- The Explore the Bible lesson for May 3 focuses on Romans 11:17-32.
Faith is a relationship. Faith is not a fixed, boxed set of beliefs about God. It’s the boxed-set idea of faith that can get anyone into trouble. Much like the ancient Gnostics, if we reduce faith only to what we intellectually believe, we can behave anyway we want while living ungodly lives.
Jesus has invited us to the most holy of relational partnerships that alters the actual steps we take. John put it this way in another epistle. “Whoever says, ‘I have come to know him,’ but does not obey his commandments, is a liar, and in such a person the truth does not exist; but whoever obeys his word, truly in this person the love of God has reached perfection. By this we may be sure that we are in him: whoever says, ‘I abide in him,’ ought to walk just as he walked” (1 John 2:4-6).
I can argue with anyone about how many angels can sit atop a pin head, even as I surrender to the temptations that are common to all of us. A wise disciple considers his steps as they compare to Jesus’ deeds and words.
We know we are growing in Christ when we can see evidence that we are more loving, forgiving, giving and caring with all whom God allows us to share this journey. If we grow more self-centered, burdened with decades-long grudges and protective of our ideas and possessions, we should pull off the road for a moment and try to discover how the caboose of our behavior got disconnected from the engine of trust in Jesus.
Our faith, therefore, is a relationship. What we believe is only a report on what we’ve discovered on that sacred journey.
A colleague reports on a young couple, not believers, who went on a college mission trip to Haiti. They were so moved and pained by what they saw, they went back home, sold everything they owned and moved to Haiti to care for the poor and starving.
When talking with them years later, the young man yet again said he was not a Christian. My colleague said, “Well, you act more like Jesus than many people I know who do claim to be Christians.
It is extremely important to remember that faith is a relationship as we plunge into this text. These words, taken alone and without a lifetime of trusting understanding, could easily blow any boxed set of beliefs to bits. A casual reading will not suffice. Some extra study with easily available online study tools is highly recommended.
It’s not a contest
The book of Romans was titled, as were his other epistles, by the name of those to whom Paul was writing. This letter is to believers in Rome, almost certainly Gentiles.
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Though the gospel had reached Rome, Paul was not the one who started the church there. The gospel had taken root nonetheless, and the church blossomed to life. Yet, sadly, there was a growing divide between the relatively new Roman Christians and the Jewish community. In pedestrian terms, there was such a divide that the new believers saw themselves as winners in the grace contest and the Jews as losers.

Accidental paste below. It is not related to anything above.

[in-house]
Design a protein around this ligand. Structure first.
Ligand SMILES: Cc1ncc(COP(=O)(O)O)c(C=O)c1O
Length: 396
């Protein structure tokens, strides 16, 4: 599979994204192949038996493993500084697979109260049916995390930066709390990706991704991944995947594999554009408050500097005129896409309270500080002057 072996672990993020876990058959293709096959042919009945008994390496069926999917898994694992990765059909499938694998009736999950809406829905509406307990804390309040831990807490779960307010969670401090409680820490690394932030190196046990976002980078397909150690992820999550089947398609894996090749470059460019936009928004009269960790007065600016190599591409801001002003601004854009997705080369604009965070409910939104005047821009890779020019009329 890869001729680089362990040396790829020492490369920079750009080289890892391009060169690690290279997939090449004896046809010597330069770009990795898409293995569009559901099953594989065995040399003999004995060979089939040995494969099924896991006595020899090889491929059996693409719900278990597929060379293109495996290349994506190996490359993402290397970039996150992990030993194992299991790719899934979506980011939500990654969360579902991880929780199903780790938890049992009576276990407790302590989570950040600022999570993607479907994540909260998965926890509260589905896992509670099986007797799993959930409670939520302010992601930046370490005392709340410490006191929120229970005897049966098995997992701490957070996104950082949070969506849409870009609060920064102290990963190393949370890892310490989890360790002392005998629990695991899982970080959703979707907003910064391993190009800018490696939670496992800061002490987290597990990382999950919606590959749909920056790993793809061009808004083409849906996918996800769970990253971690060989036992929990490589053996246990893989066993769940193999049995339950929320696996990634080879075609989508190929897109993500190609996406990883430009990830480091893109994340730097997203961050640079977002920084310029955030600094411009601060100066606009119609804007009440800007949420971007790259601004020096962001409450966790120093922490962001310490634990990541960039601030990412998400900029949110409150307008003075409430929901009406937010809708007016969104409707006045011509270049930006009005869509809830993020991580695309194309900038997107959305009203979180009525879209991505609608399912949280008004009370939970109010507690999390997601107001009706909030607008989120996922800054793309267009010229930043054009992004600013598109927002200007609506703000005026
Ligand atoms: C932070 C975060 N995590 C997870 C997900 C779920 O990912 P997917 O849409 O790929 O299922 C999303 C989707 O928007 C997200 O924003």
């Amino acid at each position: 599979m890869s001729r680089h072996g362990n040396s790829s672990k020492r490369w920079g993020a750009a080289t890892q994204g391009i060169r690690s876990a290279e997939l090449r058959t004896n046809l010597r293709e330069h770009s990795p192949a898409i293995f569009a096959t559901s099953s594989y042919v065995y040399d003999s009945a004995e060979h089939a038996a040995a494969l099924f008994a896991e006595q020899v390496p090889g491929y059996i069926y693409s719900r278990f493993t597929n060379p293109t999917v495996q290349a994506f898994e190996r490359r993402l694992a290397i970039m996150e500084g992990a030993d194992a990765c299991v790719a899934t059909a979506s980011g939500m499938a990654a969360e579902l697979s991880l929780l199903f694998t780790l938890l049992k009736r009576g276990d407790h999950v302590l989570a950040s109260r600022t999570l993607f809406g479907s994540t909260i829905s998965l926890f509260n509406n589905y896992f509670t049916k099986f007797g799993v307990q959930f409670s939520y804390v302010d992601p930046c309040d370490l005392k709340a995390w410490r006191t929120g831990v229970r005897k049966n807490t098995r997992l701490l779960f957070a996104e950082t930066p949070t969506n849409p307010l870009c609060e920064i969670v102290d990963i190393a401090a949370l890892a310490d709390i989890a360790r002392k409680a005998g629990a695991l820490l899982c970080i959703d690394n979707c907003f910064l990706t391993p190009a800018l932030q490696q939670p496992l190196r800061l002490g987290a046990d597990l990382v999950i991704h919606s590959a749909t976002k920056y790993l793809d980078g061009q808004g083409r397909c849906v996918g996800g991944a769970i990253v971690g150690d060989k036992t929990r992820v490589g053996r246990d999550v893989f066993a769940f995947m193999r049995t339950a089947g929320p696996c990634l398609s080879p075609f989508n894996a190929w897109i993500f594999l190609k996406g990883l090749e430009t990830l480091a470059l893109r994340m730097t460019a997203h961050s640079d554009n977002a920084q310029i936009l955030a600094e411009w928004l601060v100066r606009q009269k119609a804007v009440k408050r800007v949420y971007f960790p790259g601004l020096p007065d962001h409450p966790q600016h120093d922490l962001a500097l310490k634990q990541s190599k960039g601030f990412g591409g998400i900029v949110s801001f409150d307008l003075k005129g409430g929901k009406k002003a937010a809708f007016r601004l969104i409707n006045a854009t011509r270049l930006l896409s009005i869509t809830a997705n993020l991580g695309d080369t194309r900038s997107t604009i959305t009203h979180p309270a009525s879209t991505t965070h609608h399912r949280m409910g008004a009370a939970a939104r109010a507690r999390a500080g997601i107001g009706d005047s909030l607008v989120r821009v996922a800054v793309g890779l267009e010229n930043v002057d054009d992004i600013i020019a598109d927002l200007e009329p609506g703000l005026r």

Paul specifically refers to the “root” of God’s kingdom, deeply rooted in the world. He then refers to followers of Christ as branches that have been pruned from the tree. and some that have been grafted into it.
Paul was deeply concerned that some Jews had, indeed, claimed to obey the Jewish (Old Testament) law while, at the same time, surreptitiously living spiritually lawless lives. In other words, they had a strong belief system, a boxed set of ideas about God, but no true relationship with God.
Back to the winners/losers in the grace contest, Paul informs the Roman Christians that such a contest doesn’t exist. God’s grace root is capable of saving any and all. God’s purpose for the Jews will be fulfilled. “All Israel will be saved,” (11:26), he proclaims.
Earlier, in the very beginning of the very long epistle, he also celebrated, “the gospel … is the power of God for salvation to everyone who has faith, to the Jew first and also to the Greek” (Romans 1:16).
A merciful mystery
Paul delves deeper into the mystery of God’s plan for redemption when he says, “God has bound all men over to disobedience so that he may have mercy on them all” (11:32).
The gospel is a mystery, a merciful mystery. There is no way known to man to fully grasp its meaning. We were not intended to understand the mysterious mercy of God. When John Newton penned the words to “Amazing Grace,” he was spot on. Grace is so amazing because we simply can’t grasp it.
We are called to believe the unbelievable. That God, in his mercy, will see to the salvation of all who call on God’s name in Christ.
I often tell my wife that I simply cannot grasp how much she loves me. She knows everything about me, past and present and even the future toward which I’m leaning—and she loves me anyway.
Frankly, I don’t want to understand her love. If I could understand it, like the mysterious mercy of God, it wouldn’t be so amazing!
Glen Schmucker is a writer and blogger in Fort Worth. He has served as a Texas Baptist pastor and as a hospice chaplain.